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When online courses from companies like Coursera and edX started making news, the assumption was that the main market for free classes from the world's best colleges and universities would be 18-22 year olds looking for alternatives to two or four years (and five or six figures) spent at a traditional residential college. The numbers, however, tell a different story.

Subject

Like other sources for online education, such as learning marketplaces or recorded college lectures from iTunes U and YouTube, the main market for the latest free and low-cost educational resources continues to be older learners who may already be well into their careers and interested in acquiring new skills applicable to their profession.

Building career skills: benefits of starting late

"Over-40" members of this crowd have a number of advantages over undergraduate-age peers. For example:

  • Having already obtained a degree (often more than one), they're acculturated to absorbing information in a learning environment
  • Years spent in the workplace may have taught them to set priorities, juggle competing tasks and organize work to meet specific deadlines
  • Having grown up before the Internet, they are typically comfortable with new technology, but recognize how much information and learning is available outside of a web browser
  • Older learners are less fazed by the fact that some online courses and other alternatives generally don't result in officially recognized college credit
  • While cost conscious, people in this age group tend to also have the financial resources to invest money as well as time into their own edification

For example, while it costs nothing to participate in a Coursera MOOCs, the company also offers students an option to obtain validated certificates by completing work in a secure environment and paying $50-$100 per course to obtain special "Signature Track" credentials. And the customers for this paid option tend to be older professionals like teachers using Coursera MOOCs as a flexible and low-cost alternative to in-person professional training.

Developers of online learning resources are understandably trying to meet the needs of this dedicated and/or paying segment of their audience by providing more courses that are in demand by people in professionals requiring constant retraining like computer programming, education and public health.

Two scenarios that tend to attract those transitioning from younger to middle-age worker towards independent online learning include:

Advancing an existing career

Career skill trainingAs mentioned, fields like computer programming and health care require participants to stay up to date with the latest languages, tools, laws and policies, creating the need for constant skills training. In the past, such training was provided by the employer in the form of work time set aside for classroom-based education or e-learning offered via a company's Intranet.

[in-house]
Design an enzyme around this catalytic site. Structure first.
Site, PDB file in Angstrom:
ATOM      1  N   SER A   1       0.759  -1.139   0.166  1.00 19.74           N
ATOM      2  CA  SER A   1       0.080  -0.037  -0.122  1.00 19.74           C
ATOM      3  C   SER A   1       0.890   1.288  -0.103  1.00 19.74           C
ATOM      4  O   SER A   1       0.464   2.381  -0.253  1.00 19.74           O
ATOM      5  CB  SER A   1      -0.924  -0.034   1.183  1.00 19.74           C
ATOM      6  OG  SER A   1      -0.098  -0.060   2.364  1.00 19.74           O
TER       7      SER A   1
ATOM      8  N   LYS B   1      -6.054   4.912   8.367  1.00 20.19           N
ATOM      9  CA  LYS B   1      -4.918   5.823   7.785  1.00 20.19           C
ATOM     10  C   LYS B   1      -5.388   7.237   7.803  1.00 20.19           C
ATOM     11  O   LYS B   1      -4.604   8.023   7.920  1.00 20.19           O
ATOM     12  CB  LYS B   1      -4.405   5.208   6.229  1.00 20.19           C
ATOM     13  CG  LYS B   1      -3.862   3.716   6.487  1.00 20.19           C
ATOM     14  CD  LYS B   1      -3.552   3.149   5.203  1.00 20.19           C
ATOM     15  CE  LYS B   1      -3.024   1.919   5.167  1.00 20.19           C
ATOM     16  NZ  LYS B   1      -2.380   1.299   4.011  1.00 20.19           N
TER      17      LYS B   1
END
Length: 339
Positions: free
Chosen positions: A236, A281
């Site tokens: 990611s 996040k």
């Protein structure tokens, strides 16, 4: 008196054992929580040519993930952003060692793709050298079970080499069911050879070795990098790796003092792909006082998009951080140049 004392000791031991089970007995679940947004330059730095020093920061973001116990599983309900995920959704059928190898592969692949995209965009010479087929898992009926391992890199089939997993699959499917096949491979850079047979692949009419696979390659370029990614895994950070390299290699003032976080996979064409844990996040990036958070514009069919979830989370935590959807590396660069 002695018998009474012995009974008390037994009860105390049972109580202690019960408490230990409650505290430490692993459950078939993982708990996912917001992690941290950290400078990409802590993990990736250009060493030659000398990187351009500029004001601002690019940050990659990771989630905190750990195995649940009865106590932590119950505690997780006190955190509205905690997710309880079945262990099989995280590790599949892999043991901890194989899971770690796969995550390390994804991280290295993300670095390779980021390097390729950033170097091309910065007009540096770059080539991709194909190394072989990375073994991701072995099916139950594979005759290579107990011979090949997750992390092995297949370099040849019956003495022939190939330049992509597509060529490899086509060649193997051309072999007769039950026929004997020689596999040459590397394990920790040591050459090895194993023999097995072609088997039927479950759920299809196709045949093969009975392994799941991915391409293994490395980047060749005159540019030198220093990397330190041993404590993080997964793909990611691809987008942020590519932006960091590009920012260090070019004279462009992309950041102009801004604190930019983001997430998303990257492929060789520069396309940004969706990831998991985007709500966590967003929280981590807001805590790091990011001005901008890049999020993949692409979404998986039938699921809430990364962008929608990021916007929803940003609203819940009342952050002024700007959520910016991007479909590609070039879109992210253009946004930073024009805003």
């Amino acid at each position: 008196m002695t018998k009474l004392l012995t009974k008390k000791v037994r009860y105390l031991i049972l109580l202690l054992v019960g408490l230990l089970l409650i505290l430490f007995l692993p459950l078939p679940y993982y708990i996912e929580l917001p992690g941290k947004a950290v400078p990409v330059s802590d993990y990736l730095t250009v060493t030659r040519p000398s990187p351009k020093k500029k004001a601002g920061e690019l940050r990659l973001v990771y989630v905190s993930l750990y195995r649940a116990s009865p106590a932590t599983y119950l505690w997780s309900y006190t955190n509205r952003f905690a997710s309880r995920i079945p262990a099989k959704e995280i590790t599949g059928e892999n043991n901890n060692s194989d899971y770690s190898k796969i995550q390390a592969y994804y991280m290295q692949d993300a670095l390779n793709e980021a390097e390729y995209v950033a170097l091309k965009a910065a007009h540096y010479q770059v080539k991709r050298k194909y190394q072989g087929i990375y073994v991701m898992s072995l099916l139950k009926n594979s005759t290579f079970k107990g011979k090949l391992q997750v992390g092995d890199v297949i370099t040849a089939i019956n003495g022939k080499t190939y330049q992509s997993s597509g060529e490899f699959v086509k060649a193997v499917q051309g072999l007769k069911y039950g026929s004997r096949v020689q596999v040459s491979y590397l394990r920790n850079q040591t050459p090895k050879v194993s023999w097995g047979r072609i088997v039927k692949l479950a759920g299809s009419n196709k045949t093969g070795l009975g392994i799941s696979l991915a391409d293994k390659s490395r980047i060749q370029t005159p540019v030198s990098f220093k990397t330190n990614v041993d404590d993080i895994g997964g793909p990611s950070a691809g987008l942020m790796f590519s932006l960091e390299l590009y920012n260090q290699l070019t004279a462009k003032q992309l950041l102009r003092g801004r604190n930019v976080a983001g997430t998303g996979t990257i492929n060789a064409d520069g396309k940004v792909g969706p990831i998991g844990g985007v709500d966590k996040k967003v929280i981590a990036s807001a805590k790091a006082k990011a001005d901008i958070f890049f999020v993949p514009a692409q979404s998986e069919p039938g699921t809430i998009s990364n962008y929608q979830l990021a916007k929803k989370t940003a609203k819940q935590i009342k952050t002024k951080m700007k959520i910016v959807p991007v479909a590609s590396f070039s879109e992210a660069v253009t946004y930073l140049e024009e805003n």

Over time, however, employers have become less willing to pay for classroom trainers and lost employee hours. Meanwhile, the increasing number of skills that need to be learned in the workplace has made it difficult for traditional e-learning providers to stay up to date. That's why employee-selected training providers is becoming an important way for self-motivated (often older) employees to take control of their destinies by mapping out their own educational pathways.

Changing careers

Moving into a new field as an older employee can be a daunting (and sometimes frightening) task, given the employment marketplace's preference for younger -- i.e., cheaper -- versus older job candidates with comparable experience in a new field.

But because certain careers, like computer programming. tend to be fairly meritocratic, an older, dedicated student ready to build core skills in a systematic and committed fashion may actually have some advantages over those who grew up surrounded by technology. For instance, people entering this field later in life from a different discipline might be more inclined to try to understand the bigger picture by starting with Harvard, Stanford or MIT MOOCs on the fundamentals of computer science versus just jumping in and starting to write code (the self-learning option of choice for, among other people, my 15-year-old son).

Similarly, it's often easier for those with years of experience in traditional print design to pick up web programming skills than it is for web coders to transform themselves into talented designers.

Training takeaways

As a final thought, last year (before my son started to learn how to program in Python via Code Academy), I was using every form of free learning (MOOCs, iTunes, etc.) to compress four years of undergraduate education into twelve months via my One Year BA project. While the jury is still out with regard to how well such a strategy compares to four years at a residential college, these new learning tools provide I and fellow older, dedicated students a socially acceptable alternative to going back to school as an undergraduate or graduate student to study anything we like.

Which means that learning about just about any subject is no longer something that has to end when handed a diploma at the age of 22.

If you're interested in finding out more about courses that can help upgrade your skills, check out some of the course listings below.

Sources

"Top 10 Programming Languages," IEEE Spectrum, July 19, 2014, http://spectrum.ieee.org/computing/software/top-10-programming-languages

"Signature Track Guidebook," Coursera, September 30, 2014, https://www.coursera.org/signature/guidebook

"One Year BA," Degree of Freedom, September 30, 2014, http://degreeoffreedom.org/one-year-ba/

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